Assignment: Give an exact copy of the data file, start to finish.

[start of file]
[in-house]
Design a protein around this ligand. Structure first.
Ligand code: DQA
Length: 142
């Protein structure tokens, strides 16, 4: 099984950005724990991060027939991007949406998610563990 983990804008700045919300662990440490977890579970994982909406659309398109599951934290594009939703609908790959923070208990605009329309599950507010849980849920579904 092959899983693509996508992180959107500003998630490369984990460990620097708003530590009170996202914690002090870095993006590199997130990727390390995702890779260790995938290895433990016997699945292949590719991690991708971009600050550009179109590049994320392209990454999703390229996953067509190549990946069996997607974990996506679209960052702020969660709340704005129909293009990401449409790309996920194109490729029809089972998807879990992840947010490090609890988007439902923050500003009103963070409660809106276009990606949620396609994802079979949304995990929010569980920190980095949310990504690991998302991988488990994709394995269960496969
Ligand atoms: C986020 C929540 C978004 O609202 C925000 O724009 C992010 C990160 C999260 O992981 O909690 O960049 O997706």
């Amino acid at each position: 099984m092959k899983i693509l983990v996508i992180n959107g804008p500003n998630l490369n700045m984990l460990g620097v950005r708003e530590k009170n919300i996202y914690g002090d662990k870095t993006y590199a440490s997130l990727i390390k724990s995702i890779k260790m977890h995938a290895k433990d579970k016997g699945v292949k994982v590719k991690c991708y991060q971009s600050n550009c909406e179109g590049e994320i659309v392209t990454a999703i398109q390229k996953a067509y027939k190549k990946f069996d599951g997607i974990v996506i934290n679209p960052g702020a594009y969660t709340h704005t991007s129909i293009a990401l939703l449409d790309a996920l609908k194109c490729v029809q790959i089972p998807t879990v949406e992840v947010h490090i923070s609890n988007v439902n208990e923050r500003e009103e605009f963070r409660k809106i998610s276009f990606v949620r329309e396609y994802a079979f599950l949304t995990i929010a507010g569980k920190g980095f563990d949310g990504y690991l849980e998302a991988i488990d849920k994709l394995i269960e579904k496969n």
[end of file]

[in-house]
Design a protein around this ligand. Structure first.
Ligand code: DQA
Length: 142
């Protein structure tokens, strides 16, 4: 099984950005724990991060027939991007949406998610563990 983990804008700045919300662990440490977890579970994982909406659309398109599951934290594009939703609908790959923070208990605009329309599950507010849980849920579904 092959899983693509996508992180959107500003998630490369984990460990620097708003530590009170996202914690002090870095993006590199997130990727390390995702890779260790995938290895433990016997699945292949590719991690991708971009600050550009179109590049994320392209990454999703390229996953067509190549990946069996997607974990996506679209960052702020969660709340704005129909293009990401449409790309996920194109490729029809089972998807879990992840947010490090609890988007439902923050500003009103963070409660809106276009990606949620396609994802079979949304995990929010569980920190980095949310990504690991998302991988488990994709394995269960496969
Ligand atoms: C986020 C929540 C978004 O609202 C925000 O724009 C992010 C990160 C999260 O992981 O909690 O960049 O997706």
């Amino acid at each position: 099984m092959k899983i693509l983990v996508i992180n959107g804008p500003n998630l490369n700045m984990l460990g620097v950005r708003e530590k009170n919300i996202y914690g002090d662990k870095t993006y590199a440490s997130l990727i390390k724990s995702i890779k260790m977890h995938a290895k433990d579970k016997g699945v292949k994982v590719k991690c991708y991060q971009s600050n550009c909406e179109g590049e994320i659309v392209t990454a999703i398109q390229k996953a067509y027939k190549k990946f069996d599951g997607i974990v996506i934290n679209p960052g702020a594009y969660t709340h704005t991007s129909i293009a990401l939703l449409d790309a996920l609908k194109c490729v029809q790959i089972p998807t879990v949406e992840v947010h490090i923070s609890n988007v439902n208990e923050r500003e009103e605009f963070r409660k809106i998610s276009f990606v949620r329309e396609y994802a079979f599950l949304t995990i929010a507010g569980k920190g980095f563990d949310g990504y690991l849980e998302a991988i488990d849920k994709l394995i269960e579904k496969n």